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May 22 1876 (PC)

Nocoor Chunder Bose Vs. Kally Coomar Ghose

Court : Kolkata

Reported in : (1876)ILR1Cal328

Pontifex, J.1. I was referred to two cases said to be conflicting with one another. One Parbati Charan Mookerjee v. Ramnarayan Matilal 5 B.L.R. 396 decided by Macpherson, J. and the other Brammamayi Dasi v. Abhai Charan Chowdry 7 B.L.R. 489 decided by Norman and Phear, JJ. In each of these cases interest had been paid up to within a short time of the date of suit. And in the second case, Phear, J. expressly held that limitation did not apply, however interest had been paid. 'As long,' he said, 'as the plaintiff forebore to make demand of the principal, and the defendant at the stipulated periods paid the monthly sums by way of interest, so long it was, as it seems to me, impossible in reason to say that the plaintiff had any cause of suit.' In my opinion, both of the cases cited are adverse to the plaintiff's claim, and, if additional authority was necessary, I might refer to the case of Hempammal v. Hanuman 2 Mad. H.C. Rep. 472. In the present case neither principal nor interest has b...

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Jun 02 1876 (PC)

Debi Dutt Sahoo Vs. Subodra Bibee and ors.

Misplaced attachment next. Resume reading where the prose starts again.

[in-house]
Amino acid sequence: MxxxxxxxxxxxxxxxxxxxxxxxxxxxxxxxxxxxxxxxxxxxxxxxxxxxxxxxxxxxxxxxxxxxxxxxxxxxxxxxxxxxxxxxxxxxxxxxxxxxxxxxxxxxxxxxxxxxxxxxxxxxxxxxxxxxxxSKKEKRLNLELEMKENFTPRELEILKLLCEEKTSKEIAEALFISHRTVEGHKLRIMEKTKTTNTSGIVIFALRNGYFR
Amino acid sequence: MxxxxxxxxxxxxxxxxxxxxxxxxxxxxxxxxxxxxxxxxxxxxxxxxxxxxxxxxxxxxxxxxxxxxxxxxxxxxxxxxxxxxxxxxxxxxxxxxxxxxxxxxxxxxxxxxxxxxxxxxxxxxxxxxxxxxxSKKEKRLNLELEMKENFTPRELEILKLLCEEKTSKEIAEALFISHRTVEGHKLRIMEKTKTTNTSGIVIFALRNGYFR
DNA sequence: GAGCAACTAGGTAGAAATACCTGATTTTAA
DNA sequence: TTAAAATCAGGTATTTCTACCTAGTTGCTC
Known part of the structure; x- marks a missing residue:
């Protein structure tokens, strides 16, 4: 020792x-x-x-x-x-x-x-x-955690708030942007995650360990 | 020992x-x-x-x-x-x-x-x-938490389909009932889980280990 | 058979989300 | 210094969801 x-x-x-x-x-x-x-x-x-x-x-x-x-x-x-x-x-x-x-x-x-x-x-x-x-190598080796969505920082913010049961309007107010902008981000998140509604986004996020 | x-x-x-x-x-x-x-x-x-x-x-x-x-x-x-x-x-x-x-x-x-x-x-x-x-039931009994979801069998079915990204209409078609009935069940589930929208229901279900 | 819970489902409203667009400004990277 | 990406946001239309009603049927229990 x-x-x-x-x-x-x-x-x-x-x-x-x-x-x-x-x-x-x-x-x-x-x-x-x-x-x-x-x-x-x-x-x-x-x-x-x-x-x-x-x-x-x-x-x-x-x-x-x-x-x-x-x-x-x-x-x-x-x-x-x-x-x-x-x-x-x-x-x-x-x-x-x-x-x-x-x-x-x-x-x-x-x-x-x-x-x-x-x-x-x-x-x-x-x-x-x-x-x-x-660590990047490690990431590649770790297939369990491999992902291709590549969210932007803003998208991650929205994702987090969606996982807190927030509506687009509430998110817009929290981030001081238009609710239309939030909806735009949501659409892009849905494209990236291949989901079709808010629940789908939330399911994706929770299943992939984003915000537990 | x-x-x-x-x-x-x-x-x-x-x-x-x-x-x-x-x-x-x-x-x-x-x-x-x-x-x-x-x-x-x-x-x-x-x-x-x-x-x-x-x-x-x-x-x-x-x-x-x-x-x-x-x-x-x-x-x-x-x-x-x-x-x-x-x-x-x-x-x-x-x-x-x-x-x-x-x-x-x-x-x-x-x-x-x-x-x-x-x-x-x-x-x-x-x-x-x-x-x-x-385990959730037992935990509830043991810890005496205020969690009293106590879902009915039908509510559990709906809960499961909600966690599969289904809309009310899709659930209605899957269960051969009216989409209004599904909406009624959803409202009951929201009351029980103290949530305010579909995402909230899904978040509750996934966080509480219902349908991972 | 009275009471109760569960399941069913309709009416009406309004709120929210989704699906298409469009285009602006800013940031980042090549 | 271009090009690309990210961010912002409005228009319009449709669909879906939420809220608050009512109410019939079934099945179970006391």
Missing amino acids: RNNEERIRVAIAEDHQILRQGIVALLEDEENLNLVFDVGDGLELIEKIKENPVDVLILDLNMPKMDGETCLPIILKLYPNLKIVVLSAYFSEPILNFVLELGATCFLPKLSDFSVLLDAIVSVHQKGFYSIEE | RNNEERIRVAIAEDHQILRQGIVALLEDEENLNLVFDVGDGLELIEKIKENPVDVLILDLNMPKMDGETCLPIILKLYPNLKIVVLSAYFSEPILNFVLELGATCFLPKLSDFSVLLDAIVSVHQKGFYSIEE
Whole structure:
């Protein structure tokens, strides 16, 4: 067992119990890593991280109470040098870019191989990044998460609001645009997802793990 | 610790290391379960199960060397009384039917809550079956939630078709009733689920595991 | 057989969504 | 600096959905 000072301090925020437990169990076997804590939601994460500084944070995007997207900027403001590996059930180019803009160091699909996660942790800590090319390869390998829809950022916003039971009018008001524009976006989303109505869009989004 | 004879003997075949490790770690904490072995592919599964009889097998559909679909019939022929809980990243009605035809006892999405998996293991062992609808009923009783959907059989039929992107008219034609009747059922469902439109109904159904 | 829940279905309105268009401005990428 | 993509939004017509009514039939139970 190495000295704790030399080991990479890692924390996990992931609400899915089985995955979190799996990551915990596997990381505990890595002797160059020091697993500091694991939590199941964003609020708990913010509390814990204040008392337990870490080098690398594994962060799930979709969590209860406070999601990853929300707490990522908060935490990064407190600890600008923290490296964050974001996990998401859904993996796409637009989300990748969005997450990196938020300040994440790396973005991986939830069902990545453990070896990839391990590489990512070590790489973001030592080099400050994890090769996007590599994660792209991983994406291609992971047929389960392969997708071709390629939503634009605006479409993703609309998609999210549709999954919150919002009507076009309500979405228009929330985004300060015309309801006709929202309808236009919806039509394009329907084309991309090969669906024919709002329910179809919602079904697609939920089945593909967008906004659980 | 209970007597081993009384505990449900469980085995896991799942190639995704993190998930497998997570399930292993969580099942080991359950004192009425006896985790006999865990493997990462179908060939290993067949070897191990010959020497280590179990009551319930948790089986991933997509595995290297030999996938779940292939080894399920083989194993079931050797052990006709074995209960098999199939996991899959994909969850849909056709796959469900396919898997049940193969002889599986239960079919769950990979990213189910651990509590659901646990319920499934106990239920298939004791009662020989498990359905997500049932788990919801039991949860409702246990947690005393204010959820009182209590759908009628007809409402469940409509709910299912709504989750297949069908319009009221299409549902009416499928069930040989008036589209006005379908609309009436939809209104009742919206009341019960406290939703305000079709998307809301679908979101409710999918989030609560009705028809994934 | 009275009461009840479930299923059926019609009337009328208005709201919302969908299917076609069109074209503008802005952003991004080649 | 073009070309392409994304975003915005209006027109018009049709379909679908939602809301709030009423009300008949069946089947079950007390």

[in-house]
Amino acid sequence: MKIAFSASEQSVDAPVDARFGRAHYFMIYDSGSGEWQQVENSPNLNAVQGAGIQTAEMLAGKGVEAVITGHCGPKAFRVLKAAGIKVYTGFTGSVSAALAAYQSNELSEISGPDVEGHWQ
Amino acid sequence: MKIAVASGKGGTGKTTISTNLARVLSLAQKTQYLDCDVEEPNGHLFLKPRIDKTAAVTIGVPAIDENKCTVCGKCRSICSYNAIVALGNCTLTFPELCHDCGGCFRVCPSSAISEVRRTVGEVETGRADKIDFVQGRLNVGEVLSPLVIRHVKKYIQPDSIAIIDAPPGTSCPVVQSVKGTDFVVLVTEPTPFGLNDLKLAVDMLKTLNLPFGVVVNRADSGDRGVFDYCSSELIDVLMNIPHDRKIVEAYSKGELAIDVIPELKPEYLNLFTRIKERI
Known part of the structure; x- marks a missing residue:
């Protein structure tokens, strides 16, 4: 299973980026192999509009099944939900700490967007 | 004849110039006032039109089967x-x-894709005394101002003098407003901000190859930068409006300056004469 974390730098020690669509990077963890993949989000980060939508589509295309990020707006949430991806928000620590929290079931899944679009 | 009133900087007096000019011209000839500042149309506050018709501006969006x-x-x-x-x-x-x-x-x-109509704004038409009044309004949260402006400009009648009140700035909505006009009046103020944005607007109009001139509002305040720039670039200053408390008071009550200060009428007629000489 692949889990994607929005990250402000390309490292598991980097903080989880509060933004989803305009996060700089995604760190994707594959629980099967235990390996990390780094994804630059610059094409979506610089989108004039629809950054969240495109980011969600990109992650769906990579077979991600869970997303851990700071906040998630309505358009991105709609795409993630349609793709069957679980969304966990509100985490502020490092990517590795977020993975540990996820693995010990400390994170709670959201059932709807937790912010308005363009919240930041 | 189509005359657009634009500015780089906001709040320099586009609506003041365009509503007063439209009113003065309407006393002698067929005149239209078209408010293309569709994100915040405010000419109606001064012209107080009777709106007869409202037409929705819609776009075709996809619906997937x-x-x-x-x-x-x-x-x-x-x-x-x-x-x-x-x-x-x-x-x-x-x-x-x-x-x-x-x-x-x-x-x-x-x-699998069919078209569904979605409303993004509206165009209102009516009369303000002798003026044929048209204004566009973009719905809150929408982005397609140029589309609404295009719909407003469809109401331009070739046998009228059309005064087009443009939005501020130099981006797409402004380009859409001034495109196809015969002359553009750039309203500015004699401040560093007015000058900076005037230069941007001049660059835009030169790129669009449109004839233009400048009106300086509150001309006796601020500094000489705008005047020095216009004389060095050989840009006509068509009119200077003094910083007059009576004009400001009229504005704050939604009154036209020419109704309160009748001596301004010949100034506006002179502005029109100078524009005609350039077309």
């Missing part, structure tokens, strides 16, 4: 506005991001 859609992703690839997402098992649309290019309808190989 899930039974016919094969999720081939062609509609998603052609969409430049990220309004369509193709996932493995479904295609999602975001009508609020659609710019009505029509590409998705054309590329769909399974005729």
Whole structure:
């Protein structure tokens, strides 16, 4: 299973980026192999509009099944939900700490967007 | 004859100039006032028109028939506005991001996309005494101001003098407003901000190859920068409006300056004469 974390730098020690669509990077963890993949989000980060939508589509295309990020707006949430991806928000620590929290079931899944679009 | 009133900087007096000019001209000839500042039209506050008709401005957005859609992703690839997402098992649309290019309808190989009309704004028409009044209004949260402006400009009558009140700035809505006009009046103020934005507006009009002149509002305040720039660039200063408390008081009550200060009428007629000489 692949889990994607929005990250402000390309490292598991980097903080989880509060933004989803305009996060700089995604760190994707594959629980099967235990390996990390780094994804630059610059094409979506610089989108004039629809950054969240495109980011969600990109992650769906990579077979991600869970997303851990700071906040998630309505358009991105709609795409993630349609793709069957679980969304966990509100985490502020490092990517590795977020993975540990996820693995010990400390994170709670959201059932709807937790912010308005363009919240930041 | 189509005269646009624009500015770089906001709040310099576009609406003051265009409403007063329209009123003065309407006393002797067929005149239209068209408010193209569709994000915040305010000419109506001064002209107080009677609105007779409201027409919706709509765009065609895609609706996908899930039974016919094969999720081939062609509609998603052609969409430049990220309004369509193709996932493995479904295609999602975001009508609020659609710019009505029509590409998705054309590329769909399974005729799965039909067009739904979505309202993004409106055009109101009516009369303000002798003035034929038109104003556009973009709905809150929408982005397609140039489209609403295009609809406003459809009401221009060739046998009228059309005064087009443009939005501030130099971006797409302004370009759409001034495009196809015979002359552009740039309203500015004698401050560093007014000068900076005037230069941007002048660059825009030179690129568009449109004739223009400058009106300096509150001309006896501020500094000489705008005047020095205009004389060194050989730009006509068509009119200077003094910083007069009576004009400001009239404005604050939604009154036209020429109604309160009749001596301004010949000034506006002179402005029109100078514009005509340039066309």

Court : Kolkata

Reported in : (1877)ILR2Cal284

Richard Garth, C.J.1. Without going at length, however, into the general question how far a minor is bound by a decree made against his guardian, during his minority, we think it clear that in this case the plaintiff was entitled to bring the fresh suit for the purpose of asserting his rights, and that, as against the present defendants, it was the only effectual remedy which he could pursue. If his object had merely been to reverse or alter the judgment in the former suit, it is possible that an application for a review would have answered his purpose. But the plaintiff's object was to unrip transactions which formed no part of the proceedings in the former suit, and as against Rameswar Dutt, who merely acted in that suit as the plaintiff's guardian, and as against Mr. Cosserat, who had nothing whatever to do with the former suit, it is obvious that any application for the review of the proceedings in that suit would have been utterly ineffectual, and that as against those persons the...